If you think a trek from the Bus Loop to class is arduous, try traveling halfway around the world. That’s what students in the Applied Science 263: Technology and Development course do every week—metaphorically speaking, that is.
Dubbed “The Global Engineer,” the course invites students to propose solutions to complex real-life problems identified by artisans in India.
For example, the Khatri brothers, a family of natural dyers in the Kutch desert in western India, require large quantities of water for the dyeing process. However, the only source of water is from a borewell, so it is full of impurities. Minerals like salt interfere with how the dye’s colour adheres to cloth, while iron “saddens” or darkens the dye’s colour. Students devised an ingenious and workable solution of using tiers of buckets filled with sand and charcoal to filter and purify the water.
These challenges sparked Calvin Lee’s interest. During the course last term, Lee and his teammates delved into ways for harnessing solar energy to power industrial sewing machines for a small company in Bagru, Rajasthan—where electricity is very expensive and intermittent. Lee credits the course for honing his professional and life skills.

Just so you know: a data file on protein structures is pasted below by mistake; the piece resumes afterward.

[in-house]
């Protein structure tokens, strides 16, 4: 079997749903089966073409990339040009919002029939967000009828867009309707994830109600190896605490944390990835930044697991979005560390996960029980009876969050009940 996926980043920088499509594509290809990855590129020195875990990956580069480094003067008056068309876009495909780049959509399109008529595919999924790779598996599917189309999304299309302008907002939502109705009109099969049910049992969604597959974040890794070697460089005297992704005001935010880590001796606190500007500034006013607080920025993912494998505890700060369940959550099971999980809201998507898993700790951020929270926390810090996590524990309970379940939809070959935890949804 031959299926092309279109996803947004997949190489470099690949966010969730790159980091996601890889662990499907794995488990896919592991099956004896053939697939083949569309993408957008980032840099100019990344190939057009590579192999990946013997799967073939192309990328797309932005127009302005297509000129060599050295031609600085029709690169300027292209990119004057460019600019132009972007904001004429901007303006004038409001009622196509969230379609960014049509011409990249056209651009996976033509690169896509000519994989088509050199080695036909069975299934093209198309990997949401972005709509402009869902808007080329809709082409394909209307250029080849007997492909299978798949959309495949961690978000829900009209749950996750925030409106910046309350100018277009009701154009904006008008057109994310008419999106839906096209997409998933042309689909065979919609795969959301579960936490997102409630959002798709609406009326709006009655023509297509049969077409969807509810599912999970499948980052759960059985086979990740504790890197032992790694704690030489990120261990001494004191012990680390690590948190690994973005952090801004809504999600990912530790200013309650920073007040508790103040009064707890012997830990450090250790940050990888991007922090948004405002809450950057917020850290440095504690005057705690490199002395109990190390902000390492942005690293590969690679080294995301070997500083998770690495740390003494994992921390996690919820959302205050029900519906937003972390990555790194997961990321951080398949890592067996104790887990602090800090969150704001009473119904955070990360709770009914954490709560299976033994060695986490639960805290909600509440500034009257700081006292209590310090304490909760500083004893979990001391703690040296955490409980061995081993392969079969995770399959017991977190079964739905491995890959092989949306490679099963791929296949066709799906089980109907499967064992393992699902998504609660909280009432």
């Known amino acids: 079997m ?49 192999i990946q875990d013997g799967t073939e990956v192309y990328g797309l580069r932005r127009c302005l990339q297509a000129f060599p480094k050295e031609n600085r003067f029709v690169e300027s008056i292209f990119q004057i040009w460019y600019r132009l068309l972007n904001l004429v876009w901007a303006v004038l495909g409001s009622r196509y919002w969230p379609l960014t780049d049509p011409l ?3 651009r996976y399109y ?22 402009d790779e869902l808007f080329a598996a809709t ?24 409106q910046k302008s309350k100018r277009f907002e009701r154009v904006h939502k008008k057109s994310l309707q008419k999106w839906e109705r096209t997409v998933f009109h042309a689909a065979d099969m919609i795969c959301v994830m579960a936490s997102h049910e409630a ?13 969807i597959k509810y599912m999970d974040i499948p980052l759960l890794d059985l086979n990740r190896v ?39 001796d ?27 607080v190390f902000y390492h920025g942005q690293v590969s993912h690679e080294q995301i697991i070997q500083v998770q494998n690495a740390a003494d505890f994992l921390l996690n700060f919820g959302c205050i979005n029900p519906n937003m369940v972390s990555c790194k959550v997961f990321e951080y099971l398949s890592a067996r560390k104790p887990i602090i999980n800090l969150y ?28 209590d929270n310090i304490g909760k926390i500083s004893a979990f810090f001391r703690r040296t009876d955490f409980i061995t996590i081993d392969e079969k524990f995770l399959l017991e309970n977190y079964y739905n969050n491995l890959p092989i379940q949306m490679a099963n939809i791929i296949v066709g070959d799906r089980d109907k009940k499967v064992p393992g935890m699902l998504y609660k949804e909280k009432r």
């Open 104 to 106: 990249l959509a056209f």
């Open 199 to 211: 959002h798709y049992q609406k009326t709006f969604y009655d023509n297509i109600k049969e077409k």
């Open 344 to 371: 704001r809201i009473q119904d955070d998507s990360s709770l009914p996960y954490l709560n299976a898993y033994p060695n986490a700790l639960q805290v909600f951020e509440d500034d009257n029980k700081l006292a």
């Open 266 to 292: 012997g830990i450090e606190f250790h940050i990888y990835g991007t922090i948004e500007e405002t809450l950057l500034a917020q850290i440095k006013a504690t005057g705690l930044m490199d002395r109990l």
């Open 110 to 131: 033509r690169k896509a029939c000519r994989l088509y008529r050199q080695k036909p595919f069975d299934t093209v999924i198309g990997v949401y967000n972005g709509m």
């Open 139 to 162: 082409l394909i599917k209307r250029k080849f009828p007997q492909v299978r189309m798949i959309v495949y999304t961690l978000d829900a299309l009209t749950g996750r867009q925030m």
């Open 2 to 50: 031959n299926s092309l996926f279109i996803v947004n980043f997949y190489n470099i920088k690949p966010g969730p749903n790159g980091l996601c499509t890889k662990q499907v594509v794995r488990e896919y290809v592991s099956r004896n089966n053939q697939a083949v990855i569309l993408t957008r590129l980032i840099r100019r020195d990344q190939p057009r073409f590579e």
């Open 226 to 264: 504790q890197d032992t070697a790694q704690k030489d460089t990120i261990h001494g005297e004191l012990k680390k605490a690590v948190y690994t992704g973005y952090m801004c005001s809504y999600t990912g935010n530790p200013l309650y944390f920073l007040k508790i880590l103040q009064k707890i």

“I used to think that engineering was just about technicalities, accuracy and calculations,” says Lee, who graduated from UBC this spring and is currently working as an electrical engineer. “But this course radically changed my views on that. I understand now just how significantly the social, economic and cultural aspects of an engineering problem can affect the outcomes, not to mention the importance of respecting the community’s desires.”
“We’re not giving them neat text-book problems with pre-determined solutions,” says Carla Paterson who teaches the course with fellow instructor Annette Berndt.
Berndt and Paterson, along with UBC learning and teaching researcher Joanne Nakonechny, focused on shaping a course that would deepen students’ social and cultural understanding, while also enhancing their critical thinking and problem-solving skills.
“We’re asking students to develop a tolerance for ambiguity,” says Berndt.
To identify real-world problems, the instructors work with Charllotte Kwon, a social entrepreneur and founder of the Vancouver-based Maiwa Foundation and Maiwa Handprints Ltd. Kwon paints a picture of the societal and environmental “big picture” for the students and also presents the solutions to the artisans in her travels back to India.
“I’m always very excited to see the students’ presentations,” says Kwon. “Despite working with budget or time constraints, their optimism allows them to come up with very creative and technically sound solutions.”
Follow Charllotte Kwon’s blog at? http://maiwahandprints.blogspot.com